by Abner Doubleday
Now that the prejudices and bitter partisan feeling of the past are subsiding, it seems a fitting time to record the facts and incidents connected with the first conflict of the Rebellion. Of the eleven officers who took part in the events herein narrated, but four now survive. Before the hastening years shall have partially obliterated many circumstances from my memory, and while there is still an opportunity for conference and friendly criticism, I desire to make, from letters, memoranda, and documents in my possession, a statement which will embody my own recollections of the turbulent days of 1860 and 1861.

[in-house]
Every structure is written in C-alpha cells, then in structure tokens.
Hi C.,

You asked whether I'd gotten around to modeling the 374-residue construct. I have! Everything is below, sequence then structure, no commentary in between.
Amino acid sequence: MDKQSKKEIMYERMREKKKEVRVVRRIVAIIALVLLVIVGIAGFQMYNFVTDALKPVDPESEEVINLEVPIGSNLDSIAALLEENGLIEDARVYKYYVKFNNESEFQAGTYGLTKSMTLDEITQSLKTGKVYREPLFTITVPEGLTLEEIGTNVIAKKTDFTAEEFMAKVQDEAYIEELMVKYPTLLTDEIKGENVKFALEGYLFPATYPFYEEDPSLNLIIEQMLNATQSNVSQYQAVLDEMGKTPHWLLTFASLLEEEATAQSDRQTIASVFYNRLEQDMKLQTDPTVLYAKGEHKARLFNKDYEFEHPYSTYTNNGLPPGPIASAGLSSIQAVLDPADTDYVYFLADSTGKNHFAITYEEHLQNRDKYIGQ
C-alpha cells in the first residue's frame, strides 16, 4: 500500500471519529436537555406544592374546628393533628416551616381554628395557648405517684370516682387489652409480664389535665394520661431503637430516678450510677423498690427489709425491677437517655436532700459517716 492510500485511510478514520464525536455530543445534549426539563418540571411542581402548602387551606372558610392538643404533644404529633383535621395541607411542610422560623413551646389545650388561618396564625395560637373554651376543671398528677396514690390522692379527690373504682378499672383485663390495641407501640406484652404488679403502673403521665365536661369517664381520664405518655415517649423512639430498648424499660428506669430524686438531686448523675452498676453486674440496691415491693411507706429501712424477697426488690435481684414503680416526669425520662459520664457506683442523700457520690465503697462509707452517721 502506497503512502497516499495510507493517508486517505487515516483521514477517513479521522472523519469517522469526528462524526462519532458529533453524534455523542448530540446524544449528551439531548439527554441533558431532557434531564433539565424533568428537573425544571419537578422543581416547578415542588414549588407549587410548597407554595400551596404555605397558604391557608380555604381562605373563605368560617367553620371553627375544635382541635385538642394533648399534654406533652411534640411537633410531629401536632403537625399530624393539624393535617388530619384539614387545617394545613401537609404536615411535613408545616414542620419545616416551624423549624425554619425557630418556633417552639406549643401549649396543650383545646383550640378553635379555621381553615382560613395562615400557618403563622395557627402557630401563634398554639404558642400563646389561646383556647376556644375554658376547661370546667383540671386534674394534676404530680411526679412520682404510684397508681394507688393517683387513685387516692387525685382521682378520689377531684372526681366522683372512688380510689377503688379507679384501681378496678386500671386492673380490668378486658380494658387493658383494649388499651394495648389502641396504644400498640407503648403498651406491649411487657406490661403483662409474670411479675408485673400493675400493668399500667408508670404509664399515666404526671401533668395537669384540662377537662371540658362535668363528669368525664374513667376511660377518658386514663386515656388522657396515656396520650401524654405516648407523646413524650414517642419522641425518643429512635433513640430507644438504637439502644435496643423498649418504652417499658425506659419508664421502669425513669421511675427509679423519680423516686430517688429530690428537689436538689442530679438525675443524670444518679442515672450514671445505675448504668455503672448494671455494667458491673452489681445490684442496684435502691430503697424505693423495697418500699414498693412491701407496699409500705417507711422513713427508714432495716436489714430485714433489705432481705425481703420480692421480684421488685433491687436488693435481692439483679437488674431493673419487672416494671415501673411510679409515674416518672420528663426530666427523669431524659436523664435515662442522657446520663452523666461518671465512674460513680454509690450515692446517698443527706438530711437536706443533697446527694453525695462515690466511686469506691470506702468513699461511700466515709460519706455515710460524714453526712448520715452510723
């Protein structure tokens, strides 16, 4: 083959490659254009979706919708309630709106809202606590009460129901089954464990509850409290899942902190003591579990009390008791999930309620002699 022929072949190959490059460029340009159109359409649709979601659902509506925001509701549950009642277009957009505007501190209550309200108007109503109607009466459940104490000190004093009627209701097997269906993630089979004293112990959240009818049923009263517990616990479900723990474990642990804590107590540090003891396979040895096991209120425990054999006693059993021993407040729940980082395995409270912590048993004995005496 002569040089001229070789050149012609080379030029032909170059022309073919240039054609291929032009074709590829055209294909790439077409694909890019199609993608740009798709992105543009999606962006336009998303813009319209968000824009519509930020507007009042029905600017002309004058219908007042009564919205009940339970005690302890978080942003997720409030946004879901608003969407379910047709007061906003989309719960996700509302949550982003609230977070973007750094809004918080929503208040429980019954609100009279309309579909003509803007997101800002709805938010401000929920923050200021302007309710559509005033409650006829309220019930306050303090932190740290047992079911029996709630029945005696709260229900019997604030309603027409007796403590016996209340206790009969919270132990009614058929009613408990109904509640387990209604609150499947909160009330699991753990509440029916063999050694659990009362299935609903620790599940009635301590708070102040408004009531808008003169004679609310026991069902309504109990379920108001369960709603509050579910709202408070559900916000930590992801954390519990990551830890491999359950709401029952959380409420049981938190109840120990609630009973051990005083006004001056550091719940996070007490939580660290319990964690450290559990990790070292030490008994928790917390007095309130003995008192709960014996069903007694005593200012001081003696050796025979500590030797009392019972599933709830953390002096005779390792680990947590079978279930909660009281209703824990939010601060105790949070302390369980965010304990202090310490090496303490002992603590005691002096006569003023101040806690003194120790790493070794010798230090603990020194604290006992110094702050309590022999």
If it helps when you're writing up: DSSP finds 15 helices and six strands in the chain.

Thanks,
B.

I am aware that later and more absorbing events have caused the earlier struggles of the war to recede in the distance; but those who were in active life at that time will not soon forget the thrill of emotion and sympathy which followed the movements of Anderson’s little band, when it became its duty to unfold the flag of the Union against a united South in arms.
I know how difficult it is to write contemporaneous history, or even to give a bare detail of facts, without wounding the susceptibilities of others; but whenever I have felt called upon to give my own opinion, I have endeavored to do so in the spirit of Lincoln’s immortal sentiment — “With malice toward none ; with charity for all.”